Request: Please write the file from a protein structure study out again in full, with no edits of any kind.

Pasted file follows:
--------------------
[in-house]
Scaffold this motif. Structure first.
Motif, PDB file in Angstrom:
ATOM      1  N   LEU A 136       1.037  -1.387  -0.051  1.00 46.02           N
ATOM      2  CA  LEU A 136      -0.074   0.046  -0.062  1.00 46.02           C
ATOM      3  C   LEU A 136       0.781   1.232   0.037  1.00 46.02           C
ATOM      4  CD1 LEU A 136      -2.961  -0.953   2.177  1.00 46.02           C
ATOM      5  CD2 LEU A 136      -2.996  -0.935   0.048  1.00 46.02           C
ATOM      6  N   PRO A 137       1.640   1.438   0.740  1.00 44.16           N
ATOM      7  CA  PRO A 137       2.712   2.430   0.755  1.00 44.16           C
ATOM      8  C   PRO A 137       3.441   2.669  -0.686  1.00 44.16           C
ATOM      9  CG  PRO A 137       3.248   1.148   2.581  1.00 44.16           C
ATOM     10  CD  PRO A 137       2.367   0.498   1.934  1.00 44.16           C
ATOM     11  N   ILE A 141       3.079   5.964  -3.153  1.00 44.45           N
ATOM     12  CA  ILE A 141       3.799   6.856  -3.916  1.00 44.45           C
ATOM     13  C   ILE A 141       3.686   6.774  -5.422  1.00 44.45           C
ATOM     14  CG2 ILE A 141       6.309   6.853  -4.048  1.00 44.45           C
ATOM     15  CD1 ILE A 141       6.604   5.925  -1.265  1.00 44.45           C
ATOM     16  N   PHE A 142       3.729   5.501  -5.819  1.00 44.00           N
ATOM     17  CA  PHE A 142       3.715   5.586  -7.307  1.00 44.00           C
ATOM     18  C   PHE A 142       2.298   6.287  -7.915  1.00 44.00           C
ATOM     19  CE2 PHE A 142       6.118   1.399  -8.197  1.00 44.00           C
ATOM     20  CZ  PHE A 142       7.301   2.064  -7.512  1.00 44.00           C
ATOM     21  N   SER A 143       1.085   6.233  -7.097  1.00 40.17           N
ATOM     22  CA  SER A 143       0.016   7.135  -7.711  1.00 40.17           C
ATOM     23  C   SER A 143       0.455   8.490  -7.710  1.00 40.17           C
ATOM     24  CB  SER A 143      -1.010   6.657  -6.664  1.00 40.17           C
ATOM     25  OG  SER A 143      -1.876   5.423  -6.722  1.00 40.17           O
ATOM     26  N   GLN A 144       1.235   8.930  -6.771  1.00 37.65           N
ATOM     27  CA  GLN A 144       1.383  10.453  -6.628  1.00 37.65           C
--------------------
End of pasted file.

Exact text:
[in-house]
Scaffold this motif. Structure first.
Motif, PDB file in Angstrom:
ATOM      1  N   LEU A 136       1.037  -1.387  -0.051  1.00 46.02           N
ATOM      2  CA  LEU A 136      -0.074   0.046  -0.062  1.00 46.02           C
ATOM      3  C   LEU A 136       0.781   1.232   0.037  1.00 46.02           C
ATOM      4  CD1 LEU A 136      -2.961  -0.953   2.177  1.00 46.02           C
ATOM      5  CD2 LEU A 136      -2.996  -0.935   0.048  1.00 46.02           C
ATOM      6  N   PRO A 137       1.640   1.438   0.740  1.00 44.16           N
ATOM      7  CA  PRO A 137       2.712   2.430   0.755  1.00 44.16           C
ATOM      8  C   PRO A 137       3.441   2.669  -0.686  1.00 44.16           C
ATOM      9  CG  PRO A 137       3.248   1.148   2.581  1.00 44.16           C
ATOM     10  CD  PRO A 137       2.367   0.498   1.934  1.00 44.16           C
ATOM     11  N   ILE A 141       3.079   5.964  -3.153  1.00 44.45           N
ATOM     12  CA  ILE A 141       3.799   6.856  -3.916  1.00 44.45           C
ATOM     13  C   ILE A 141       3.686   6.774  -5.422  1.00 44.45           C
ATOM     14  CG2 ILE A 141       6.309   6.853  -4.048  1.00 44.45           C
ATOM     15  CD1 ILE A 141       6.604   5.925  -1.265  1.00 44.45           C
ATOM     16  N   PHE A 142       3.729   5.501  -5.819  1.00 44.00           N
ATOM     17  CA  PHE A 142       3.715   5.586  -7.307  1.00 44.00           C
ATOM     18  C   PHE A 142       2.298   6.287  -7.915  1.00 44.00           C
ATOM     19  CE2 PHE A 142       6.118   1.399  -8.197  1.00 44.00           C
ATOM     20  CZ  PHE A 142       7.301   2.064  -7.512  1.00 44.00           C
ATOM     21  N   SER A 143       1.085   6.233  -7.097  1.00 40.17           N
ATOM     22  CA  SER A 143       0.016   7.135  -7.711  1.00 40.17           C
ATOM     23  C   SER A 143       0.455   8.490  -7.710  1.00 40.17           C
ATOM     24  CB  SER A 143      -1.010   6.657  -6.664  1.00 40.17           C
ATOM     25  OG  SER A 143      -1.876   5.423  -6.722  1.00 40.17           O
ATOM     26  N   GLN A 144       1.235   8.930  -6.771  1.00 37.65           N
ATOM     27  CA  GLN A 144       1.383  10.453  -6.628  1.00 37.65           C